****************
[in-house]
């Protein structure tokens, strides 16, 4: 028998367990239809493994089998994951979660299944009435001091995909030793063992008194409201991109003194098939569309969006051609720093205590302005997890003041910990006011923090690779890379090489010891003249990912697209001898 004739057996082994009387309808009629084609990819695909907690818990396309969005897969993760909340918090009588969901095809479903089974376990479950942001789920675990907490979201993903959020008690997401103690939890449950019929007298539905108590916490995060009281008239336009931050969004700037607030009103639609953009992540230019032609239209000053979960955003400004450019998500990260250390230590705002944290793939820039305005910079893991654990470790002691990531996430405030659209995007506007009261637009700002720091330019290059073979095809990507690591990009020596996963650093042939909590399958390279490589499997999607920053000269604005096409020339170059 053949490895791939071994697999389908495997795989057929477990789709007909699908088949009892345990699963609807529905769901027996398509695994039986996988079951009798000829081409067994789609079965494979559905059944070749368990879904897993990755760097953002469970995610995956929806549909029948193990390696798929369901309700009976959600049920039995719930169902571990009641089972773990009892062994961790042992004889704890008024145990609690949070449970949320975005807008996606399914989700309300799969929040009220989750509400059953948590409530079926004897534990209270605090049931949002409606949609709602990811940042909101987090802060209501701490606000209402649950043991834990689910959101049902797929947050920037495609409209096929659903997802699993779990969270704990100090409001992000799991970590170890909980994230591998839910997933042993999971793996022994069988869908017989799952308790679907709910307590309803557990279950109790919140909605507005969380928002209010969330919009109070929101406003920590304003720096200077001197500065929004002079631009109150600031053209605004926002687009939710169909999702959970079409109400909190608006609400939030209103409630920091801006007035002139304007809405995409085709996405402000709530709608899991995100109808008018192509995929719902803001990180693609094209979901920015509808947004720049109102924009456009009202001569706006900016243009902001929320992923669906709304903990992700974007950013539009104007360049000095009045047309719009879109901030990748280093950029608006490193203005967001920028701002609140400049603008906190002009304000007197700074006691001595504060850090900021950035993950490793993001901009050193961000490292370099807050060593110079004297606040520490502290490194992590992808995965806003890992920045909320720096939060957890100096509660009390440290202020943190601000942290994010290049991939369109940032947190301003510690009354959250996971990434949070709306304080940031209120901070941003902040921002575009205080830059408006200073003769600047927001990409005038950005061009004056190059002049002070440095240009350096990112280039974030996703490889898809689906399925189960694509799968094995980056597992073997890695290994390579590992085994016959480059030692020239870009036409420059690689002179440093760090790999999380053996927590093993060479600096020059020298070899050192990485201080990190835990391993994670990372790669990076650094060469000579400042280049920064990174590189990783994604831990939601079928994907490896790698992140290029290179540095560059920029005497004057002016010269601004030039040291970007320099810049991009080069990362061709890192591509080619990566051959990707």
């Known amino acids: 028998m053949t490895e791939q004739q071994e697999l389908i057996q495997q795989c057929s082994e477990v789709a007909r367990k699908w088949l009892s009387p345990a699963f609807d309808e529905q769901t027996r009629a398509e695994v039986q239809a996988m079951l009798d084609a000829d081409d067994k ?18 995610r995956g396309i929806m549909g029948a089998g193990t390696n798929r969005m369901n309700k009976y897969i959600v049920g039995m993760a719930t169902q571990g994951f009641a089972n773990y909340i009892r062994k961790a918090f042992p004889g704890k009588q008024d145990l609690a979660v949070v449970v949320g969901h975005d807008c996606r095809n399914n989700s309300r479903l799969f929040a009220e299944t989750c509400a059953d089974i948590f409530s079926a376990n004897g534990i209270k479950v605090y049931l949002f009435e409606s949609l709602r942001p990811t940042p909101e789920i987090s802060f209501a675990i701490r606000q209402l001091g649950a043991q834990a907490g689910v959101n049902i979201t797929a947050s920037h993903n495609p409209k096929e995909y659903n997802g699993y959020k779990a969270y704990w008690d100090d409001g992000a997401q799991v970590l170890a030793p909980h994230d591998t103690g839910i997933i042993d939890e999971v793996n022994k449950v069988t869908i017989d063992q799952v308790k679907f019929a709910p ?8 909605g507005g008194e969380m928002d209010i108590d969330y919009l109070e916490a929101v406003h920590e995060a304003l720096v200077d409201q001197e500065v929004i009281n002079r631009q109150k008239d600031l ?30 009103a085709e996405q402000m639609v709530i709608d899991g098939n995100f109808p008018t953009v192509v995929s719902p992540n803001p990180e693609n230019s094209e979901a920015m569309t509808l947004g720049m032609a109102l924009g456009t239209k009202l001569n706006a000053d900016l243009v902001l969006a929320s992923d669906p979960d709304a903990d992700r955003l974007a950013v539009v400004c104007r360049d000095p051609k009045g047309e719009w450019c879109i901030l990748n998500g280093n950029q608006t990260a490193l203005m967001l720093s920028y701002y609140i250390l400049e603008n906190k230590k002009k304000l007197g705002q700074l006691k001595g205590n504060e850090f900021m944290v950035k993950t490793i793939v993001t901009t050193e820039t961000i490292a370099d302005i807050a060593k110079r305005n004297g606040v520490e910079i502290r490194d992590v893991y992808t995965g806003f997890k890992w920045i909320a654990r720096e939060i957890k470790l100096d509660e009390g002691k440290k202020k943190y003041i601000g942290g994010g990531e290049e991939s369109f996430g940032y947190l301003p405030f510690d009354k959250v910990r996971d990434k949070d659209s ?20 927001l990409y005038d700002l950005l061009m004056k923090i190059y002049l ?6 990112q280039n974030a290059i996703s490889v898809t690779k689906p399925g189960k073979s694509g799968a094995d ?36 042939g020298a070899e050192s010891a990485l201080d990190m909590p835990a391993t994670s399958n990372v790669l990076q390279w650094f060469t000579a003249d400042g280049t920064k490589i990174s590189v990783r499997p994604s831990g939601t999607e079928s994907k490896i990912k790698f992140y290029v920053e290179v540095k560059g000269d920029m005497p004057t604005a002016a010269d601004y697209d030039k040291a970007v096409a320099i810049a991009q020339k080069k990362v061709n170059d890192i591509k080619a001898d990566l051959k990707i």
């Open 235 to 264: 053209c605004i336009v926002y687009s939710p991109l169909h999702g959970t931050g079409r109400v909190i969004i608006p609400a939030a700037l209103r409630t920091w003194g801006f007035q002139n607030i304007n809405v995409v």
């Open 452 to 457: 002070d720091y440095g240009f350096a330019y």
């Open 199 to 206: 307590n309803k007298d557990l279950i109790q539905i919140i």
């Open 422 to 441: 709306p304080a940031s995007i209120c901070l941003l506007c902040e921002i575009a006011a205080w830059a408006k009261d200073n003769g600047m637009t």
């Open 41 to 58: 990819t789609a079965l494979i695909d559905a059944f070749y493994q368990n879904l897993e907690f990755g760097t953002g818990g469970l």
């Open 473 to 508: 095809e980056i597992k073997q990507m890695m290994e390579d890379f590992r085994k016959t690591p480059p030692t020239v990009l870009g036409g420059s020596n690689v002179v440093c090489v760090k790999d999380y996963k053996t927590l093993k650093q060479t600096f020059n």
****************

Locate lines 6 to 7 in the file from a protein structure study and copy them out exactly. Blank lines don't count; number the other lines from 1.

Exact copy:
């Open 199 to 206: 307590n309803k007298d557990l279950i109790q539905i919140i």
């Open 422 to 441: 709306p304080a940031s995007i209120c901070l941003l506007c902040e921002i575009a006011a205080w830059a408006k009261d200073n003769g600047m637009t």